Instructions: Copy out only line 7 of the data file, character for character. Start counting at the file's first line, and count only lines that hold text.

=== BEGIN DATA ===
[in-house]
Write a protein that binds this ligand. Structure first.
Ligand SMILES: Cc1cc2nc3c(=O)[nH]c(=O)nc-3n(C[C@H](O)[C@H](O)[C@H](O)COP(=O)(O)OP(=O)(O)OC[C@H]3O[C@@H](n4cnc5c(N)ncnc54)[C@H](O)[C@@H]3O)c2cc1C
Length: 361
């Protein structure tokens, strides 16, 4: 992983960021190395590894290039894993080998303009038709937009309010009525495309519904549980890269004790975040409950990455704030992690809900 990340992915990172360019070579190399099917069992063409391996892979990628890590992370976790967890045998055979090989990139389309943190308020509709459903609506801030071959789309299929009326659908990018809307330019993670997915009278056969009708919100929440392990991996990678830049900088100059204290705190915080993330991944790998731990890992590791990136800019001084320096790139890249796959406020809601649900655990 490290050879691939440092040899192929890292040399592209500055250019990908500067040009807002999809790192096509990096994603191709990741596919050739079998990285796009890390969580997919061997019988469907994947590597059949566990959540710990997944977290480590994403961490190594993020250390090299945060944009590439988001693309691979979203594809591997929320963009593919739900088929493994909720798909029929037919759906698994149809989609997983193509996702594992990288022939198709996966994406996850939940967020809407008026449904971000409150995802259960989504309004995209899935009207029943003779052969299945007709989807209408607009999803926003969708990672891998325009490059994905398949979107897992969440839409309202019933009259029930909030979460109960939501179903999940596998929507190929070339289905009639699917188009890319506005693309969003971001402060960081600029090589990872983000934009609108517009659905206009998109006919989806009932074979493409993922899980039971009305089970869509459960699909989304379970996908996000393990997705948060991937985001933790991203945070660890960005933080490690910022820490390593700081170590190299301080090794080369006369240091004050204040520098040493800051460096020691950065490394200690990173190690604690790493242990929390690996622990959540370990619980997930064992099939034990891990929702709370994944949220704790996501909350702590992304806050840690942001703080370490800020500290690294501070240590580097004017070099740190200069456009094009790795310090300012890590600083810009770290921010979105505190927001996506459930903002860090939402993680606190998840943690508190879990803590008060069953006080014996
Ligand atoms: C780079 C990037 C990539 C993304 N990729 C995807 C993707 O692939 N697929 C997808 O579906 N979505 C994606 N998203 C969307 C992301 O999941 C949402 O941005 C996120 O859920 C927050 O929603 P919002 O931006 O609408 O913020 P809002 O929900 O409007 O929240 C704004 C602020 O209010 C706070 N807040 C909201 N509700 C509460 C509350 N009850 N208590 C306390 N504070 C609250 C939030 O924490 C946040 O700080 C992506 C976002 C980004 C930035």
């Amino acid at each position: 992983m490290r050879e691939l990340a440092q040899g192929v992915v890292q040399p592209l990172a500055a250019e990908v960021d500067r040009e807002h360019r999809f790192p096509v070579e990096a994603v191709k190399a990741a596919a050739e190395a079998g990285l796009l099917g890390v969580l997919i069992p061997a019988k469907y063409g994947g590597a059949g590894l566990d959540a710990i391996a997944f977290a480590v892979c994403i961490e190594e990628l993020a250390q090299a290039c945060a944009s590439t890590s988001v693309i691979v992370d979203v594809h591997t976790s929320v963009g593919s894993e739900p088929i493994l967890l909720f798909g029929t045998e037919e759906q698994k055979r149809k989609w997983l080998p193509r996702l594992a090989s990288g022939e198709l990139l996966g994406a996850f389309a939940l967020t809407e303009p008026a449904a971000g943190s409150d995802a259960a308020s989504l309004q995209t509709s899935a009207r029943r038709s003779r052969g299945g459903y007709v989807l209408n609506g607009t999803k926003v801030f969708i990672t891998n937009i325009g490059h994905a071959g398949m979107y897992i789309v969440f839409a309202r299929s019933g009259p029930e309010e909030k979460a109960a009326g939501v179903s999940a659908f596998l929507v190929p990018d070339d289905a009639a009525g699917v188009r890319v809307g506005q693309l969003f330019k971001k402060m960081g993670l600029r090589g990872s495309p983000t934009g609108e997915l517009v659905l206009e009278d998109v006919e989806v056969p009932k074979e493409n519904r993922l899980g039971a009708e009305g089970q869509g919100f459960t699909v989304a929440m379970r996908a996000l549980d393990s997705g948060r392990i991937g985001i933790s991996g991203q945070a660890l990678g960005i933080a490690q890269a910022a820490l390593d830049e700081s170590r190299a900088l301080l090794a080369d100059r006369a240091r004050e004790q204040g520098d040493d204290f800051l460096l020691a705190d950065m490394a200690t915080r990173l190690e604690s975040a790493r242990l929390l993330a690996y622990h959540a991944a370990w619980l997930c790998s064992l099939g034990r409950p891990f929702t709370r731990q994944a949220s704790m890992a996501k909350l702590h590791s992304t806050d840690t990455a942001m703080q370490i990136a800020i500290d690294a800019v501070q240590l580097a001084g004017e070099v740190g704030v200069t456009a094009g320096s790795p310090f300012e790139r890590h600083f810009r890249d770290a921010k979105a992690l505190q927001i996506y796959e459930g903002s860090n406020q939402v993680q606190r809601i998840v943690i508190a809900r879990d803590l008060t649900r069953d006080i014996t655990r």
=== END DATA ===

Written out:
């Amino acid at each position: 992983m490290r050879e691939l990340a440092q040899g192929v992915v890292q040399p592209l990172a500055a250019e990908v960021d500067r040009e807002h360019r999809f790192p096509v070579e990096a994603v191709k190399a990741a596919a050739e190395a079998g990285l796009l099917g890390v969580l997919i069992p061997a019988k469907y063409g994947g590597a059949g590894l566990d959540a710990i391996a997944f977290a480590v892979c994403i961490e190594e990628l993020a250390q090299a290039c945060a944009s590439t890590s988001v693309i691979v992370d979203v594809h591997t976790s929320v963009g593919s894993e739900p088929i493994l967890l909720f798909g029929t045998e037919e759906q698994k055979r149809k989609w997983l080998p193509r996702l594992a090989s990288g022939e198709l990139l996966g994406a996850f389309a939940l967020t809407e303009p008026a449904a971000g943190s409150d995802a259960a308020s989504l309004q995209t509709s899935a009207r029943r038709s003779r052969g299945g459903y007709v989807l209408n609506g607009t999803k926003v801030f969708i990672t891998n937009i325009g490059h994905a071959g398949m979107y897992i789309v969440f839409a309202r299929s019933g009259p029930e309010e909030k979460a109960a009326g939501v179903s999940a659908f596998l929507v190929p990018d070339d289905a009639a009525g699917v188009r890319v809307g506005q693309l969003f330019k971001k402060m960081g993670l600029r090589g990872s495309p983000t934009g609108e997915l517009v659905l206009e009278d998109v006919e989806v056969p009932k074979e493409n519904r993922l899980g039971a009708e009305g089970q869509g919100f459960t699909v989304a929440m379970r996908a996000l549980d393990s997705g948060r392990i991937g985001i933790s991996g991203q945070a660890l990678g960005i933080a490690q890269a910022a820490l390593d830049e700081s170590r190299a900088l301080l090794a080369d100059r006369a240091r004050e004790q204040g520098d040493d204290f800051l460096l020691a705190d950065m490394a200690t915080r990173l190690e604690s975040a790493r242990l929390l993330a690996y622990h959540a991944a370990w619980l997930c790998s064992l099939g034990r409950p891990f929702t709370r731990q994944a949220s704790m890992a996501k909350l702590h590791s992304t806050d840690t990455a942001m703080q370490i990136a800020i500290d690294a800019v501070q240590l580097a001084g004017e070099v740190g704030v200069t456009a094009g320096s790795p310090f300012e790139r890590h600083f810009r890249d770290a921010k979105a992690l505190q927001i996506y796959e459930g903002s860090n406020q939402v993680q606190r809601i998840v943690i508190a809900r879990d803590l008060t649900r069953d006080i014996t655990r």